Inside the box there is everything you need to get started including:
Teric dive computer
Instructions for use booklet
Cable for charging port
Screwdrivers to change the strap
Extra strap bars
I love how this dive computer looks. It has a stunningly sleek but tough design which demands attention. Thought has also gone into the packaging, and I am pleased that it has it’s own little home that I can keep it safe in!
Now we’ve stopped discussing the visual beauty of this dive computer, let’s get into the nitty gritty details that we all want to hear about.
The Teric uses the Buhlmann ZHL-16C decompression algorithm with a pre-set recreational open circuit gradient factors and tech or closed circuit bail-out gradiant factors. It’s a medium – conservative setting which can be adjusted if this is not what you want.
The fact that these settings can be adjusted helps give the Shearwater Teric Dive Computer a longer life. For example, if our knowledge of decompression changes over the next few years, we can adjust the gradient factors of the Teric Dive Computer to suit this progression in knowledge.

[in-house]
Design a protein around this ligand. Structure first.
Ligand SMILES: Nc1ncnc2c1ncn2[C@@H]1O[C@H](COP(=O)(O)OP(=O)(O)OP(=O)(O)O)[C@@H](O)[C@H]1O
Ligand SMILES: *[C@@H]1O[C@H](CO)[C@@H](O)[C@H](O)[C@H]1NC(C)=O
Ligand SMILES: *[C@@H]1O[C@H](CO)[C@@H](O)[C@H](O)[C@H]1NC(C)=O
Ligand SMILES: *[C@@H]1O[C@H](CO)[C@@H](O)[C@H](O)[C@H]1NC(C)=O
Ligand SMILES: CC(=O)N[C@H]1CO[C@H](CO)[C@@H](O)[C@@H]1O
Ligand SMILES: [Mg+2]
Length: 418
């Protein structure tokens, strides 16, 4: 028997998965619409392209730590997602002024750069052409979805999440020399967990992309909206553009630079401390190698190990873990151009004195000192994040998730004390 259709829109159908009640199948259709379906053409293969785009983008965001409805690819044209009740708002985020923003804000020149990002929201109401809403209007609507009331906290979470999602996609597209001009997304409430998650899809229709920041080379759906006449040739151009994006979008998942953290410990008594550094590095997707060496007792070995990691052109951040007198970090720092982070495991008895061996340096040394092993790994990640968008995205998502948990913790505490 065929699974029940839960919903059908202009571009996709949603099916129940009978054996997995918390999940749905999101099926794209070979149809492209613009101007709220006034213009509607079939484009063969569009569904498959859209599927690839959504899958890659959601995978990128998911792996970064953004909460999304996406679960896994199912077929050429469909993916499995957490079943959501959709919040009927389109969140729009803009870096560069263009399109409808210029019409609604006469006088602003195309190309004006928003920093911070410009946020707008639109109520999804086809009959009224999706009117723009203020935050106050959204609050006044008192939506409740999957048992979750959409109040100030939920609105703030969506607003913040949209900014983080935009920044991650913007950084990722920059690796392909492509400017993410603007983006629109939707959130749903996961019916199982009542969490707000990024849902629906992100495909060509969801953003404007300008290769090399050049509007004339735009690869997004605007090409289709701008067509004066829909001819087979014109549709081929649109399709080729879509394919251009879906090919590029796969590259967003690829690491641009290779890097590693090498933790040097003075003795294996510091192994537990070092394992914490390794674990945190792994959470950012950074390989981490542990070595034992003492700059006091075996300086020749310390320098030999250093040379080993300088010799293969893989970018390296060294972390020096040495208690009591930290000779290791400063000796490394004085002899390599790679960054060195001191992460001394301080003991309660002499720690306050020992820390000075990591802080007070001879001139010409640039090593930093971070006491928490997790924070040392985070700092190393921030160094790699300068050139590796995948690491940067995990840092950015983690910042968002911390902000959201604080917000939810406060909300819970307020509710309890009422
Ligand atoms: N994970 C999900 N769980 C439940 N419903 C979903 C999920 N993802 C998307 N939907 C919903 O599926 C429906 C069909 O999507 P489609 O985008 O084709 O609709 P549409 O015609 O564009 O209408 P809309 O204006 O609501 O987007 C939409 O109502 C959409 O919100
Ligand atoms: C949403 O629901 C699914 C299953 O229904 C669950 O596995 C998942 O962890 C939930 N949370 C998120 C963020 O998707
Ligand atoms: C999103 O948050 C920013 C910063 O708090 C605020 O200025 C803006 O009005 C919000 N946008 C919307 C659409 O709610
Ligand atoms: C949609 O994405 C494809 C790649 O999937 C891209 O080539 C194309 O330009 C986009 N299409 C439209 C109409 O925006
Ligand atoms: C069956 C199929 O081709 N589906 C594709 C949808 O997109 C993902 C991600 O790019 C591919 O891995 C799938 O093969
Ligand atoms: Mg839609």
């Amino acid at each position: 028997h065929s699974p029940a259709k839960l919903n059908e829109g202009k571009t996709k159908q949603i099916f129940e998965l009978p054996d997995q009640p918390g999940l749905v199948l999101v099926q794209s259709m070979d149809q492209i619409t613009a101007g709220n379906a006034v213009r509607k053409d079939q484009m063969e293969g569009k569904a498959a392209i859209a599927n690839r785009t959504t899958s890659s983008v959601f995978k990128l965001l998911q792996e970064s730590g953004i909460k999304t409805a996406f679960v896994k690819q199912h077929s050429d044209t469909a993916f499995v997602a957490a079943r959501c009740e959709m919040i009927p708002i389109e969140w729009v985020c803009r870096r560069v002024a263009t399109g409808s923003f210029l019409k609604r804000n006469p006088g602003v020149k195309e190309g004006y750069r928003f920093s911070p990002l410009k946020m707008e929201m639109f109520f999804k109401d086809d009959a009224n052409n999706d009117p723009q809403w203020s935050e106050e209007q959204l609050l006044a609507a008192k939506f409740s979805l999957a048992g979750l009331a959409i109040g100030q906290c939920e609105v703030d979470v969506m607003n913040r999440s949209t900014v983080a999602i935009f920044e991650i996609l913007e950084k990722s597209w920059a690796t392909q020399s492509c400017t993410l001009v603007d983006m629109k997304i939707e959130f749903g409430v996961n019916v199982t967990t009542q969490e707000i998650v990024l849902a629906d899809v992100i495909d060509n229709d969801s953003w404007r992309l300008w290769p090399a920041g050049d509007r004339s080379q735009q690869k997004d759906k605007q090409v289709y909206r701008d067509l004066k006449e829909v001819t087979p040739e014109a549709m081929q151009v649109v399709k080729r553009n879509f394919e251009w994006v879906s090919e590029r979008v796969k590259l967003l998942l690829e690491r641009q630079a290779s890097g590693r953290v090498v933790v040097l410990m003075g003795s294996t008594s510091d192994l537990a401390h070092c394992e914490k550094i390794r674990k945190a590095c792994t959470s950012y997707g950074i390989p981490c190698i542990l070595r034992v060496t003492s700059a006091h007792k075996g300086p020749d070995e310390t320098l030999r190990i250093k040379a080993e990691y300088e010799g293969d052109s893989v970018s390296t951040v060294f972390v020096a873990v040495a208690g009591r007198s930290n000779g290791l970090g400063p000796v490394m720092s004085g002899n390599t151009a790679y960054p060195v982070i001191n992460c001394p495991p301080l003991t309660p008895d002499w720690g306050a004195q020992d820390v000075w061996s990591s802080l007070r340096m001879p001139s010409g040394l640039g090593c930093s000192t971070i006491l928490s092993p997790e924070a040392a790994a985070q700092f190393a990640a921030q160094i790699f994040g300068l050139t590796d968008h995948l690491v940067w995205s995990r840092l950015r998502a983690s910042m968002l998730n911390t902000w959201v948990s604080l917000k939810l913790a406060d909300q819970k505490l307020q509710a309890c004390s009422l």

When you are investing in a dive computer, it takes a lot of research and consideration. After all, this is the thing that is going to keep you safe and diving within limits, reducing your risk of injury. I found that these pre-set recreational open circuit gradient factors were just fine for me – diving to a depth of 30 metres gave me a NDL of 14 minutes. I can’t see me changing the conservatism of this, not just yet anyway.
The Shearwater Teric Dive Computer comes with all the dive modes you could wish for. It has:
Open Circuit Recreational
Open Circuit Technical
Closed Circuit Rebreather
The dive mode types it provides will suit most divers, from an entry level recreational diver right through to rebreather and technical divers. It’s worth noting that I have only tested the Open Circuit Recreational dive mode of the Shearwater Teric Dive Computer, but after speaking to a couple of technical divers that use Shearwater computers, the Teric is a firm favourite across the scene.
It is also air integrated, however, the transmitter is not included with the computer and has to be purchased separately. This doesn’t need to be a Shearwater transmitter, any transmitter POD with the code “FCC ID MH8A” can be used. This is really helpful if you have already own a transmitter from previous dive computers – saves you purchasing another!